As for QLED technology application in displays, the superior colour purity and brightness that photoluminescent (PL) cQD offer compared to traditional phosphors and OLED, is positioned to bring disruptive innovation in the lighting market.

Additionally, cQD-based lighting benefits significantly from the intrinsic reliability of their inorganic material structure, which reduces the need for air barrier layers with low WVTR (water vapour transmission ratio).

This is associated with lower materials production costs of cQDs and their monolayer deposition methods based on the nano-transfer printing capability, towards the next generation of sustainable lighting technologies.

In SmartQD, the investigators expect that cQD LED may complement or replace current technologies for smart lighting thanks to their unique characteristics of: i) High colour purity with narrow emission (absorption) bandwidths, ii) Colour tunability/band-gap engineering through size control, iii) High photostability and lifetime.

The SmartQD team at CUED has broad experience in nanomaterials synthesis and scalable manufacturing, including cQD, organic and 2D materials, to address enhancement of state-of-the-art materials and to achieve cost reduction in manufacturing by using continuous, as opposed to batch, cQD synthesis, monolayer resin-free processing, along with device integration and packaging for general and smart lighting applications.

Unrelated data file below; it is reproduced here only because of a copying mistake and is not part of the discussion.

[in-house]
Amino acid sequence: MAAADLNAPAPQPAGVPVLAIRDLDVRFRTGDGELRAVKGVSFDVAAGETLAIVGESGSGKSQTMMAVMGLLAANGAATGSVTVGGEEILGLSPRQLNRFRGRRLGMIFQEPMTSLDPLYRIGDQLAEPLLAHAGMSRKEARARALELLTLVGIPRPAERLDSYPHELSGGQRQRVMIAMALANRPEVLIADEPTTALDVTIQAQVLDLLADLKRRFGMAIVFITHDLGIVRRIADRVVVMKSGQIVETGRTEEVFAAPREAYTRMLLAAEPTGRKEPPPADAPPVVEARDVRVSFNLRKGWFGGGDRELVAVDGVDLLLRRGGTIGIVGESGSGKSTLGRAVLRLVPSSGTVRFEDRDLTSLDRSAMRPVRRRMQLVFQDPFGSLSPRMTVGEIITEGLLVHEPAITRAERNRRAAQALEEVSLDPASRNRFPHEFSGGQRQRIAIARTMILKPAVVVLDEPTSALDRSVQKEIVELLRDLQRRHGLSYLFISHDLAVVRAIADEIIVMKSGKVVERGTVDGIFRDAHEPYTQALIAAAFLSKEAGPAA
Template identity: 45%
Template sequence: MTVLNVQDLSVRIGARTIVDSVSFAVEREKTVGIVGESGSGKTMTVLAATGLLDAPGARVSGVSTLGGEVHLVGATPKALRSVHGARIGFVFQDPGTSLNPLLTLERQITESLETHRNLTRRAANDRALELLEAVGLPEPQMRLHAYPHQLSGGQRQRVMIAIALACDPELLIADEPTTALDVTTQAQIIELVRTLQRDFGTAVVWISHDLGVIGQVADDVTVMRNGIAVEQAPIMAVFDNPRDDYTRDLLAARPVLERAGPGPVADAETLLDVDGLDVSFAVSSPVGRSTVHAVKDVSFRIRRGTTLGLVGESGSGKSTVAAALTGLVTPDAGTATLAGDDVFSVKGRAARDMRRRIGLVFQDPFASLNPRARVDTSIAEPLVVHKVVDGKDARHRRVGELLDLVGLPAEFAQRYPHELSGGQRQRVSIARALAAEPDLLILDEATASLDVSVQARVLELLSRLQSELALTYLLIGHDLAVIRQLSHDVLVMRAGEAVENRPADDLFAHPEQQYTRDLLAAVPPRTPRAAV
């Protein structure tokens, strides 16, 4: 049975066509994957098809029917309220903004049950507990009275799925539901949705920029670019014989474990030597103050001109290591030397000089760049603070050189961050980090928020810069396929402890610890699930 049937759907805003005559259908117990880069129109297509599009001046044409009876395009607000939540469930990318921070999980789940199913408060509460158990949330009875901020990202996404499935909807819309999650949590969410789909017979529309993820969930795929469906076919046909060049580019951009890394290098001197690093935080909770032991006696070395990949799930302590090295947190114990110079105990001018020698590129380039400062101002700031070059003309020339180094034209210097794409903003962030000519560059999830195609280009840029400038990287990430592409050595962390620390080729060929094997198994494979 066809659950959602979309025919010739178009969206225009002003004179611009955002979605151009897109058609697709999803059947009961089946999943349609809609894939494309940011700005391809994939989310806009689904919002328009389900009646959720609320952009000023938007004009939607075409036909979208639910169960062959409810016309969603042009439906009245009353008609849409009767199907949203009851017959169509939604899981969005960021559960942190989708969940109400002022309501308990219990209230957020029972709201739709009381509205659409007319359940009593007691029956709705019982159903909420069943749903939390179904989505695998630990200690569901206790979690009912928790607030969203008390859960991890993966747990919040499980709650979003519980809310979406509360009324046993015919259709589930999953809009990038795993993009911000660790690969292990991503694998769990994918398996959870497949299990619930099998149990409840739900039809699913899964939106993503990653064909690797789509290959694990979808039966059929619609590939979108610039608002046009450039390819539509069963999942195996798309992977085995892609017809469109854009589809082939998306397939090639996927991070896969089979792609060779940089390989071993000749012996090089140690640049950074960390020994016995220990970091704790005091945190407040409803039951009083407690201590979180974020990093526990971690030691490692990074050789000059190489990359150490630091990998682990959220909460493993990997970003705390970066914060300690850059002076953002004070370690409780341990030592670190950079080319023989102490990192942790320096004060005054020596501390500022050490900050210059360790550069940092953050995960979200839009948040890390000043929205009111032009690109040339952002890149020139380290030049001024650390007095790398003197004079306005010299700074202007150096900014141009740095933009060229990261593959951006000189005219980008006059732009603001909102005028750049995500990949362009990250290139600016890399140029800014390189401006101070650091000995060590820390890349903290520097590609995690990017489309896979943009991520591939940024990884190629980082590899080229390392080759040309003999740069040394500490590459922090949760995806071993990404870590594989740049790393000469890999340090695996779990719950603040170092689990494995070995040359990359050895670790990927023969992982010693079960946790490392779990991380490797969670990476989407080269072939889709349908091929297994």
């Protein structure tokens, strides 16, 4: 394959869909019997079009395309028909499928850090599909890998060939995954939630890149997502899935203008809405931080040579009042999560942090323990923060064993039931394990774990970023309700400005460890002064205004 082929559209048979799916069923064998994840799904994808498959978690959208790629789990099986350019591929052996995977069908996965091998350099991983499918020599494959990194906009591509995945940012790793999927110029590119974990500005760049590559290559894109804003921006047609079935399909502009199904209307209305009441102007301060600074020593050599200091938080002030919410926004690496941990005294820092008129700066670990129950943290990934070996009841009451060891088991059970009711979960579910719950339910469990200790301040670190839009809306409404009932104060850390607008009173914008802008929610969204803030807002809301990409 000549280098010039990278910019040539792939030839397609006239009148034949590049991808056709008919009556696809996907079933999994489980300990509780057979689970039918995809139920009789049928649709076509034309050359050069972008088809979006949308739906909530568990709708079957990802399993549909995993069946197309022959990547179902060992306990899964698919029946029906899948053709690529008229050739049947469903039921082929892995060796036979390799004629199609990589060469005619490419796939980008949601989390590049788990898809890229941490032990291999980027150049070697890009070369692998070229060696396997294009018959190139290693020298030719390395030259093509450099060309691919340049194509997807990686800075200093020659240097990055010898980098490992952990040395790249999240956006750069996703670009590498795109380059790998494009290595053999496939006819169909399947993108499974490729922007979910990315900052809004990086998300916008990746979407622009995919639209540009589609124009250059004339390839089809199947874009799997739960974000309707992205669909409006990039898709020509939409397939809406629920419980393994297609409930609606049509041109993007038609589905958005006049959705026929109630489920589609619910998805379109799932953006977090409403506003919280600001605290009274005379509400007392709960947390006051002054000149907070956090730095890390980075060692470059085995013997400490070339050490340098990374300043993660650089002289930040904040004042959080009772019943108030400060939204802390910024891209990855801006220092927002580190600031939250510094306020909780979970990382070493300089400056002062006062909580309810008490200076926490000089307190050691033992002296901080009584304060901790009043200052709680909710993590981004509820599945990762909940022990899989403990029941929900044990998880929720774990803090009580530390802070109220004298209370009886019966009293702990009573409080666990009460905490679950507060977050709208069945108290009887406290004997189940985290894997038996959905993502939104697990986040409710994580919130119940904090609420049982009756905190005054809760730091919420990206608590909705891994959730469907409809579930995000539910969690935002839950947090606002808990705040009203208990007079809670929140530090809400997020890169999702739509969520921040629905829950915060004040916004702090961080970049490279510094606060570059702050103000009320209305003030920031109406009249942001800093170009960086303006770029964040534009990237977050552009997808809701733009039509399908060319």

Design and prototype development of cost-effective cQD LED lighting devices that can be manufactured on flexible substrates and controlled through an active matrix driver to implement smart aesthetic features will be produced and showcased.

Meanwhile, the engineering research focuses on the manufacturing and processing aspects to create mono layer-controlled cQD films with entire close-packed and almost void-free structure using dry-transfer printing methods. This will enhance the efficiency and reliability of the optoelectronic film for optimal performance of EL cQD active devices.

Interface control based on a layer-by-layer transfer process will be employed in order to obtain highly uniform monolayers which can be expanded to multilayer stacked film processing including interface layers. The mass production of high-quality cQD with high photoluminescence quantum yield is critical to achieving the proposed target.

Cd-free cQD materials have been also demonstrated by major suppliers of QDs such as Nanoco (UK), Nanosys, QD Vision (US), and Merck (Germany), who are among major producers in bulk, of Cd-free cQDs for backlight application in LCD displays. Besides Samsung, other device manufacturers and system integrators such as LG, Sony, TLC, HiSense have also demonstrated cQD back-lit units for LCD displays.

The manufacturing technologies investigated at CUED in SmartQD are expected to create additional markets for cQD based companies in the materials, film component, process and equipment, and lighting device market sectors.


Please note: This is a commercial profile

Dr. Luigi G. Occhipinti

Director of Research


Prof. Jong Min Kim

Professor of Electrical Engineering (1944)

Department of Engineering,

University of Cambridge

Tel: +44 (0)1223 748389